Michael Foster (physiologist)

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Sir Michael Foster
Michael Foster b1836b.jpg
Michael Foster
Born (1836-03-08)8 March 1836
Huntingdon, England
Died Script error: The function "death_date_and_age" does not exist.
London, England
Nationality British
Fields Physiologist
Institutions University College London
University of Cambridge
Alma mater University College School
Academic advisors Thomas Henry Huxley
William Sharpey
Notable students John Newport Langley
Charles Scott Sherrington
Known for Textbook of Physiology (1876)
Influenced Henry Newell Martin
Keith Lucas

Sir Michael Foster, KCB, DCL, MD (8 March 1836 – 29 January 1907) was an English physiologist.[1]


He was born in Huntingdon, Huntingdonshire, and educated at University College School, London. After graduating in medicine in 1859, he began to practise in his native town, but in 1867 he returned to London as teacher of practical physiology at University College London, where two years afterwards he became professor. In 1870 he was appointed by Trinity College, Cambridge, to its praelectorship in physiology, and thirteen years later he became the first occupant of the newly created chair of physiology in the university, holding it till 1903.[2] One of his most famous students at Cambridge was Charles Scott Sherrington who went on to win the Nobel Prize in 1932.


Sir Michael Foster by John Collier

He excelled as a teacher and administrator, and had a very large share in the organization and development of the Cambridge biological school. From 1881 to 1903 he was one of the secretaries of the Royal Society, and in that capacity exercised a wide influence on the study of biology in Britain. In the 1899 Birthday Honours, he was created KCB,[3] and served as president of the British Association at its meeting at Dover in September 1899.

In the 1900 general election, he was elected to represent the University of London in parliament.[4] Though returned as a Unionist, his political action was not to be dictated by party considerations, and he gravitated towards Liberalism; but he played no prominent part in parliament and at the election of 1906 was defeated.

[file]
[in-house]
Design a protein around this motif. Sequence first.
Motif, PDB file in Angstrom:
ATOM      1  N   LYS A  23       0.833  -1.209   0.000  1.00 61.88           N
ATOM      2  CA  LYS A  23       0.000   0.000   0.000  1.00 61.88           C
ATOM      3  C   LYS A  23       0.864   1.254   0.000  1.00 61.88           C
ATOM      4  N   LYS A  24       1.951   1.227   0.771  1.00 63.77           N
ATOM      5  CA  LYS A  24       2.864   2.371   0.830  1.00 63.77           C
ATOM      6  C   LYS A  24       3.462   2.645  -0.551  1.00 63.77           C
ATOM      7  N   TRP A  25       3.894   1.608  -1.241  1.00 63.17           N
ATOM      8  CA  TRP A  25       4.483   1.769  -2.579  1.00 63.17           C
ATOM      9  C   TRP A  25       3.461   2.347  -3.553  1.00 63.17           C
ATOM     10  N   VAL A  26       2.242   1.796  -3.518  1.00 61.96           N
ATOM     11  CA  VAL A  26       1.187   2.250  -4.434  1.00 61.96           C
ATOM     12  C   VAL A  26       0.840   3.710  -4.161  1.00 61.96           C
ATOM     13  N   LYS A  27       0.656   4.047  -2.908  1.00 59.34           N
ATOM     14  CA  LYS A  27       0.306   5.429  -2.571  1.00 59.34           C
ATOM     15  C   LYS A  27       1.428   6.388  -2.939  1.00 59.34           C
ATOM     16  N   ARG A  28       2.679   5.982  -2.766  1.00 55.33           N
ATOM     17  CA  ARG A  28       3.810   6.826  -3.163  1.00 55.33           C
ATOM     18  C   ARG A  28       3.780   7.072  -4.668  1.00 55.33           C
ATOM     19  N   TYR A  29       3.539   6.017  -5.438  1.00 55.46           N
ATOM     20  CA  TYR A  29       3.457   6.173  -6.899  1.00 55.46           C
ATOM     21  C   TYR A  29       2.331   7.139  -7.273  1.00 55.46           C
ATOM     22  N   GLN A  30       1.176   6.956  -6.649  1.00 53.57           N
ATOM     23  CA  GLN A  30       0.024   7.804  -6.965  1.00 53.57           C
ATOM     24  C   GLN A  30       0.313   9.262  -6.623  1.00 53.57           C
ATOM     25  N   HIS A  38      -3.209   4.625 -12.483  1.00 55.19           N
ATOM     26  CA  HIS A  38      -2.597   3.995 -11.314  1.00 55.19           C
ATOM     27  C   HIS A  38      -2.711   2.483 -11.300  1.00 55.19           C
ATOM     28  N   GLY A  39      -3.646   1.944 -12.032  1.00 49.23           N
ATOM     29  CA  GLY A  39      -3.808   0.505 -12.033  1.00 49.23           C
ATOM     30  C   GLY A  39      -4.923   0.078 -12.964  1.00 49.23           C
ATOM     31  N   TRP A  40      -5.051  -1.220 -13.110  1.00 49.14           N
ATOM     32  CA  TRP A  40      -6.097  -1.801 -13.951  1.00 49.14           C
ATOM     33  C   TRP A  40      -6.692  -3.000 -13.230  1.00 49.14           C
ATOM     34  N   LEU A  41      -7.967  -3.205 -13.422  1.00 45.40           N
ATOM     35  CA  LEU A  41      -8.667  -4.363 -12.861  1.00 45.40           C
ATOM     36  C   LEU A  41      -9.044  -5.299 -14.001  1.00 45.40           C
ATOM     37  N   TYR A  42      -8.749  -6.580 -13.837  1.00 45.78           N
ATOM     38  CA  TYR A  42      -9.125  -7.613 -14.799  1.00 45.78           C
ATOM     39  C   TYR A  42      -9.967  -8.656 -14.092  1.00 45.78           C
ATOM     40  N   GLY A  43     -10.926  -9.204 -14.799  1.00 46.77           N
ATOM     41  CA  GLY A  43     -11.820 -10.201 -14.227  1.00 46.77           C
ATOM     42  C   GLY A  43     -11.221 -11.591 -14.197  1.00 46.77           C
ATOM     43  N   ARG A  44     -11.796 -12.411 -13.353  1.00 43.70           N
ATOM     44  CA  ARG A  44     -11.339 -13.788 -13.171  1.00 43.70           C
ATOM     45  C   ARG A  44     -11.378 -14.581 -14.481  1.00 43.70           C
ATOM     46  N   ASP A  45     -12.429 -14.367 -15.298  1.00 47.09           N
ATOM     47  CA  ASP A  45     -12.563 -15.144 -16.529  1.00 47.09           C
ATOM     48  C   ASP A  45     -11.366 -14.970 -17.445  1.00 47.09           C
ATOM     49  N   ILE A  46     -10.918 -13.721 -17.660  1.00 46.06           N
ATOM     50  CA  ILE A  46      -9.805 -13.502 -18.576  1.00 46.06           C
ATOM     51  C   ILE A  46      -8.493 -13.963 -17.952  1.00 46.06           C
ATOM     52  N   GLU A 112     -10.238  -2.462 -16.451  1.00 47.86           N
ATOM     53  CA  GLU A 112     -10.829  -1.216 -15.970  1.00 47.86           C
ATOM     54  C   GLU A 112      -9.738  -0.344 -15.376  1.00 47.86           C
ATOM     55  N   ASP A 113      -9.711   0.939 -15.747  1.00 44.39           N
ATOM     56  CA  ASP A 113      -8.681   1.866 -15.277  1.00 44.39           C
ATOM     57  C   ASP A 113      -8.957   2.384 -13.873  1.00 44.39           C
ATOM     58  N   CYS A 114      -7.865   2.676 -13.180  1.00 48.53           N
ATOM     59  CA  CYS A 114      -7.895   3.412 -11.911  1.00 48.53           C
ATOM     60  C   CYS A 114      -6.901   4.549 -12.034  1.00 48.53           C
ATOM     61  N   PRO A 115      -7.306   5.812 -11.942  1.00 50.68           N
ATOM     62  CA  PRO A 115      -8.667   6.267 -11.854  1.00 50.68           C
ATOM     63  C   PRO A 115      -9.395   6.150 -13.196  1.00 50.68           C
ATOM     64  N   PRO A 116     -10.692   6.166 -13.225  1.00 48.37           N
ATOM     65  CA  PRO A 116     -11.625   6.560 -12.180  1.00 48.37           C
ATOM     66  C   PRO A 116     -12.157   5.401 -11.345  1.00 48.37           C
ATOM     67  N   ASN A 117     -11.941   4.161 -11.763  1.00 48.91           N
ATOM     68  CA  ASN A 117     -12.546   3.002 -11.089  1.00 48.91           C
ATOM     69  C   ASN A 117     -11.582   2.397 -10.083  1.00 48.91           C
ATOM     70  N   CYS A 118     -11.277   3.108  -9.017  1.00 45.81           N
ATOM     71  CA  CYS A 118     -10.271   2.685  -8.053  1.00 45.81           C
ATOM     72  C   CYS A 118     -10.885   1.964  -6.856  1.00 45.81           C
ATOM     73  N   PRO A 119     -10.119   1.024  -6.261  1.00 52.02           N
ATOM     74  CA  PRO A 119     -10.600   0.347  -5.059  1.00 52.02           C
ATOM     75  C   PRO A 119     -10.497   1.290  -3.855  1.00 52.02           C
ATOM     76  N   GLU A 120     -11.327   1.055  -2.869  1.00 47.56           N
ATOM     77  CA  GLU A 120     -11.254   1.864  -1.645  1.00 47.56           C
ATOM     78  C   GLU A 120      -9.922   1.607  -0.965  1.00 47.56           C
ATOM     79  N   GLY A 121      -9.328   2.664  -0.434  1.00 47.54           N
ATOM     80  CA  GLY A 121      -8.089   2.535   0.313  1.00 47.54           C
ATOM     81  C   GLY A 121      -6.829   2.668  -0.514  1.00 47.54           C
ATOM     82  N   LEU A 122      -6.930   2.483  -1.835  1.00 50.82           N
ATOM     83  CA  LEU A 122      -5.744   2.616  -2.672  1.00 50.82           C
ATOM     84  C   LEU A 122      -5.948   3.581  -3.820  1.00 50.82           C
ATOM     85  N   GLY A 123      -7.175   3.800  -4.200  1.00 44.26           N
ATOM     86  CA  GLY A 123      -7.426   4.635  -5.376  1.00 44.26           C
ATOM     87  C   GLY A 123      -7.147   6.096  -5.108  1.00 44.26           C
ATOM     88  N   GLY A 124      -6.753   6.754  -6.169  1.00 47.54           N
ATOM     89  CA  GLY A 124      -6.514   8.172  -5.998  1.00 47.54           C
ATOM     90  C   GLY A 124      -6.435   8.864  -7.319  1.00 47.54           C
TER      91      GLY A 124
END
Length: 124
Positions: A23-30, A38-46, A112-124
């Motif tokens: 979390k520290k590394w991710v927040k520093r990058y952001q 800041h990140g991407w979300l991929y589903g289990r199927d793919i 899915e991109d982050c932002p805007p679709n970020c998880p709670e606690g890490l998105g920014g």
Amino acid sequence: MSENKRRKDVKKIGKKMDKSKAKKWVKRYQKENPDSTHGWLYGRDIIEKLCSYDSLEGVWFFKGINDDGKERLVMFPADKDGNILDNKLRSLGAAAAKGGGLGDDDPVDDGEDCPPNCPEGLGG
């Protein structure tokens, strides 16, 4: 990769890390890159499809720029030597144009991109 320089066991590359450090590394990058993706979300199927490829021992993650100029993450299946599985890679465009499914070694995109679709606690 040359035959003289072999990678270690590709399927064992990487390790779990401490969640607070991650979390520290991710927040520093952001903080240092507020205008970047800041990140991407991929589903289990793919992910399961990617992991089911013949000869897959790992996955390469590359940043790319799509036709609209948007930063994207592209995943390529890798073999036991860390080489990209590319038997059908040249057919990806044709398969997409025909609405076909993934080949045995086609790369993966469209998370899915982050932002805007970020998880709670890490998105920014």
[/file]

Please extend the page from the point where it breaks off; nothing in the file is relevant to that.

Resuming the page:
He was joint editor with E. Ray Lankester of The Scientific Memoirs of Thomas Henry Huxley.[5] His chief writings were a Textbook of Physiology (1876), which became a standard work, and Lectures on the History of Physiology during the 16th, 17th and 18th Centuries (1901), which consisted of lectures delivered at the Cooper Medical College, San Francisco, in 1900. He died suddenly in London.

Foster was also the binomial author of many iris species.[6]

One of many irises he introduced includes Iris lineata Foster ex Regel[7][8] (or A.Regel),[9] which was originally described and published in Gartenflora (1887),[7] and later cited in Curtis's Botanical Magazine (1888).[9]

Iris fosteriana was named in 1881, after Sir Michael Foster by Dr Aitchison, and found in Pendjeh, Turkmenistan.[11][12]


  1. "Foster, Sir Michael". Who's Who. Vol. 59. 1907. p. 626.<templatestyles src="Module:Citation/CS1/styles.css"></templatestyles>
  2. "Foster, Michael (FSTR870M)". A Cambridge Alumni Database. University of Cambridge.<templatestyles src="Module:Citation/CS1/styles.css"></templatestyles>
  3. The Edinburgh Gazette: no. 11101. p. 589. 13 June 1899. Retrieved 3 April 2015.
  4. The London Gazette: no. 27244. p. 6772. 6 November 1900. Retrieved 2012-05-31.
  5. Addison, Henry Robert; Oakes, Charles Henry; Lawson, William John; Sladen, Douglas Brooke Wheelton (1907). "FOSTER, Sir Michael". Who's Who. Vol. 59. p. 626.<templatestyles src="Module:Citation/CS1/styles.css"></templatestyles>
  6. "Hybridizer Sir Michael Foster". wiki.irises.org. 18 May 2012. Retrieved 15 August 2014.<templatestyles src="Module:Citation/CS1/styles.css"></templatestyles>
  7. 7.0 7.1 Iris lineata was originally described and published in Gartenflora XXXXVI. (1887) 201, t. 1244. "Name – Iris lineata Foster ex Regel". Tropicos. Saint Louis, Missouri: Missouri Botanical Garden. Retrieved 15 March 2013.<templatestyles src="Module:Citation/CS1/styles.css"></templatestyles>
  8. "Plant Name Details for Iris lineata Foster ex Regel". IPNI. Retrieved 15 March 2013.<templatestyles src="Module:Citation/CS1/styles.css"></templatestyles>
  9. 9.0 9.1 Joseph Dalton Hooker (1 December 1888). "IRIS Suwarawi". Curtis's Botanical Magazine. Vol. XLIV. London: L. Reeve & Co. p. Tab 7029. Retrieved 15 March 2013.<templatestyles src="Module:Citation/CS1/styles.css"></templatestyles>
  10. Author Query for 'Foster', International Plant Names Index Invalid |mode=CS1 (help)<templatestyles src="Module:Citation/CS1/styles.css"></templatestyles>
  11. Foster, Michael (1945). "Bulbous Irises". Forgotten Books. pp. 44–45. Retrieved 20 August 2014.<templatestyles src="Module:Citation/CS1/styles.css"></templatestyles>
  12. Ray Desmond (25 Feb 1994) Dictionary Of British And Irish Botantists And Horticulturalists Including plant collectors, flower painters and garden designers, p. 258, at Google Books


  •  This article incorporates text from a publication now in the public domainChisholm, Hugh, ed. (1911). [https%3A%2F%2Fen.wikisource.org%2Fwiki%2F1911_Encyclop%C3%A6dia_Britannica%2FFoster%2C_Sir_Michael "Foster, Sir Michael" ] Check |ws link in chapter= value (help). Encyclopædia Britannica (11th ed.). Cambridge University Press.CS1 maint: ref=harv (link)<templatestyles src="Module:Citation/CS1/styles.css"></templatestyles>

External links

Academic offices
Preceded by
Thomas Henry Huxley
Fullerian Professor of Physiology
Succeeded by
William Rutherford
Parliament of the United Kingdom
Preceded by
Sir John Lubbock
Member of Parliament for London University
Succeeded by
Sir Philip Magnus